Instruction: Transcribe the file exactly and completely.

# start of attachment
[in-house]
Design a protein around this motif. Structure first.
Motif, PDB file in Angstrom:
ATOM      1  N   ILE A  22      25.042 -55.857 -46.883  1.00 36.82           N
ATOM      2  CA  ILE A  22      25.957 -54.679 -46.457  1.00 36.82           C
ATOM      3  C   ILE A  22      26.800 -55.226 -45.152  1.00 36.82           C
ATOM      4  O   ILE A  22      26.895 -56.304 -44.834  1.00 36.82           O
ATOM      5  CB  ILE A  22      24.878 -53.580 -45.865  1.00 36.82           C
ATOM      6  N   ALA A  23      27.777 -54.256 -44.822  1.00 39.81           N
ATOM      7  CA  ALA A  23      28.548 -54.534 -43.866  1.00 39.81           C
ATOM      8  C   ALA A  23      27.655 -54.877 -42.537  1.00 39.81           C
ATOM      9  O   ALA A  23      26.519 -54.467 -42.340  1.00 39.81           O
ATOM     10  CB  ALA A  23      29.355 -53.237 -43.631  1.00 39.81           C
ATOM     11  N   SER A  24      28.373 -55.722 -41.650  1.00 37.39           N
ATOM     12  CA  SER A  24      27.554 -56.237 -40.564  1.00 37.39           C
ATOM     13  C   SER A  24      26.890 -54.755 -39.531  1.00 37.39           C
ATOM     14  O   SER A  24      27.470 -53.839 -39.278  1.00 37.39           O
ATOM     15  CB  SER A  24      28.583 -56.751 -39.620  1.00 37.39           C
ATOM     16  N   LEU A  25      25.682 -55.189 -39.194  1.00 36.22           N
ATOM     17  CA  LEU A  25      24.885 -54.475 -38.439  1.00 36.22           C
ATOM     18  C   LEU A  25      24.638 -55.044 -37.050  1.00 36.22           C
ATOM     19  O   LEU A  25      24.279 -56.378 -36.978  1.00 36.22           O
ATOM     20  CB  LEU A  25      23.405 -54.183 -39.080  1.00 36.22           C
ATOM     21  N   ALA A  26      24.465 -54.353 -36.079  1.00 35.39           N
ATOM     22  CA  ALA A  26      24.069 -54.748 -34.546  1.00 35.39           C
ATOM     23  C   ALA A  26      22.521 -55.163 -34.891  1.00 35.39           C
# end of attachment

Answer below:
[in-house]
Design a protein around this motif. Structure first.
Motif, PDB file in Angstrom:
ATOM      1  N   ILE A  22      25.042 -55.857 -46.883  1.00 36.82           N
ATOM      2  CA  ILE A  22      25.957 -54.679 -46.457  1.00 36.82           C
ATOM      3  C   ILE A  22      26.800 -55.226 -45.152  1.00 36.82           C
ATOM      4  O   ILE A  22      26.895 -56.304 -44.834  1.00 36.82           O
ATOM      5  CB  ILE A  22      24.878 -53.580 -45.865  1.00 36.82           C
ATOM      6  N   ALA A  23      27.777 -54.256 -44.822  1.00 39.81           N
ATOM      7  CA  ALA A  23      28.548 -54.534 -43.866  1.00 39.81           C
ATOM      8  C   ALA A  23      27.655 -54.877 -42.537  1.00 39.81           C
ATOM      9  O   ALA A  23      26.519 -54.467 -42.340  1.00 39.81           O
ATOM     10  CB  ALA A  23      29.355 -53.237 -43.631  1.00 39.81           C
ATOM     11  N   SER A  24      28.373 -55.722 -41.650  1.00 37.39           N
ATOM     12  CA  SER A  24      27.554 -56.237 -40.564  1.00 37.39           C
ATOM     13  C   SER A  24      26.890 -54.755 -39.531  1.00 37.39           C
ATOM     14  O   SER A  24      27.470 -53.839 -39.278  1.00 37.39           O
ATOM     15  CB  SER A  24      28.583 -56.751 -39.620  1.00 37.39           C
ATOM     16  N   LEU A  25      25.682 -55.189 -39.194  1.00 36.22           N
ATOM     17  CA  LEU A  25      24.885 -54.475 -38.439  1.00 36.22           C
ATOM     18  C   LEU A  25      24.638 -55.044 -37.050  1.00 36.22           C
ATOM     19  O   LEU A  25      24.279 -56.378 -36.978  1.00 36.22           O
ATOM     20  CB  LEU A  25      23.405 -54.183 -39.080  1.00 36.22           C
ATOM     21  N   ALA A  26      24.465 -54.353 -36.079  1.00 35.39           N
ATOM     22  CA  ALA A  26      24.069 -54.748 -34.546  1.00 35.39           C
ATOM     23  C   ALA A  26      22.521 -55.163 -34.891  1.00 35.39           C